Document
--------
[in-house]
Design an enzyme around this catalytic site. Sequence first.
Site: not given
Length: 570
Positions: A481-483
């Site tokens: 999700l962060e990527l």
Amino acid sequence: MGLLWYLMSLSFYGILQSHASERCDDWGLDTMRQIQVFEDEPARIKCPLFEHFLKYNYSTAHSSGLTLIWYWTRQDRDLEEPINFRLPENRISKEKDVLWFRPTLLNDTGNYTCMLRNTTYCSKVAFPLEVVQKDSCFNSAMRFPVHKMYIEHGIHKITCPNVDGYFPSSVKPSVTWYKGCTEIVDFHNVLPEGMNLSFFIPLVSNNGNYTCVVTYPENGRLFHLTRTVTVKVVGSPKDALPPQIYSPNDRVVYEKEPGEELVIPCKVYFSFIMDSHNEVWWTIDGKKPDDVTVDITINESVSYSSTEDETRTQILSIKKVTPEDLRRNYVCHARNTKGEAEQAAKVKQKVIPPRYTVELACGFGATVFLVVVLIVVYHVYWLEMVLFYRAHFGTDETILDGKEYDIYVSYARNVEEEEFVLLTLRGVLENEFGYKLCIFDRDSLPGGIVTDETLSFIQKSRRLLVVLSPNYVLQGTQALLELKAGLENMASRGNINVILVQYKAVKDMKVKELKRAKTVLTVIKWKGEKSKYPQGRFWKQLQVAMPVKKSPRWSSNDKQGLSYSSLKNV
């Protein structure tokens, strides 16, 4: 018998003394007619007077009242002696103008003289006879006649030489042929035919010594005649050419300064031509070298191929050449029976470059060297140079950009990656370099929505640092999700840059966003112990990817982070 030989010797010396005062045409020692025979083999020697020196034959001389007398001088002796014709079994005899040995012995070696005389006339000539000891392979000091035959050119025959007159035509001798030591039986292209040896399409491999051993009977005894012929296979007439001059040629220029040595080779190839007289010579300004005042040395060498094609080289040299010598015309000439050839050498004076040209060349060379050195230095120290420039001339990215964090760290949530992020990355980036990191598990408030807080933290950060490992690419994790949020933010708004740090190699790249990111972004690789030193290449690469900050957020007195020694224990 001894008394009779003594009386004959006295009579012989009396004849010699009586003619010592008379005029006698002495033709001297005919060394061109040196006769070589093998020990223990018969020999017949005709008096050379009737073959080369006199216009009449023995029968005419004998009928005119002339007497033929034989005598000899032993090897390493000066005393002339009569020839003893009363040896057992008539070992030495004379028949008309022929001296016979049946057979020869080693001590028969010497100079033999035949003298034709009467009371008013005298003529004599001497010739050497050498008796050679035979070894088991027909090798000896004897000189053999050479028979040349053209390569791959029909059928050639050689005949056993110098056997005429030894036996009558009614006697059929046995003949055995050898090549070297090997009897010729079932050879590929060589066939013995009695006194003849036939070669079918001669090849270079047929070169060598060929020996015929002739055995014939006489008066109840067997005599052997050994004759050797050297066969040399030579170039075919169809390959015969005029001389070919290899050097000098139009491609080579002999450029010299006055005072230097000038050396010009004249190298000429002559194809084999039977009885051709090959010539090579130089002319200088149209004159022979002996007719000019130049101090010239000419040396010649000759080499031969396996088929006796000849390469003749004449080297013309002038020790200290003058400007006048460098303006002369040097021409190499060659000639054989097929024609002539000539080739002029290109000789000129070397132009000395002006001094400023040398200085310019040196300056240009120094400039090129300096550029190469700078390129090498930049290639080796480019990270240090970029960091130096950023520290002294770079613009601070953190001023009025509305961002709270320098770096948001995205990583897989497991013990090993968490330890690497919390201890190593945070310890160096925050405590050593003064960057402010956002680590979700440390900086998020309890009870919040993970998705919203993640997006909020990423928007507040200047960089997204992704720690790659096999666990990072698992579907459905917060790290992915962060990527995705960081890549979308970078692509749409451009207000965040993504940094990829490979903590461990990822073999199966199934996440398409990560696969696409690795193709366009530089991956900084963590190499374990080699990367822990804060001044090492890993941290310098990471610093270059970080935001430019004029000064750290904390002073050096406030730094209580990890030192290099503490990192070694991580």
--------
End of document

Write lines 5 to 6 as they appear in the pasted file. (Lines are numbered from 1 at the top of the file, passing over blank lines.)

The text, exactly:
Positions: A481-483
């Site tokens: 999700l962060e990527l």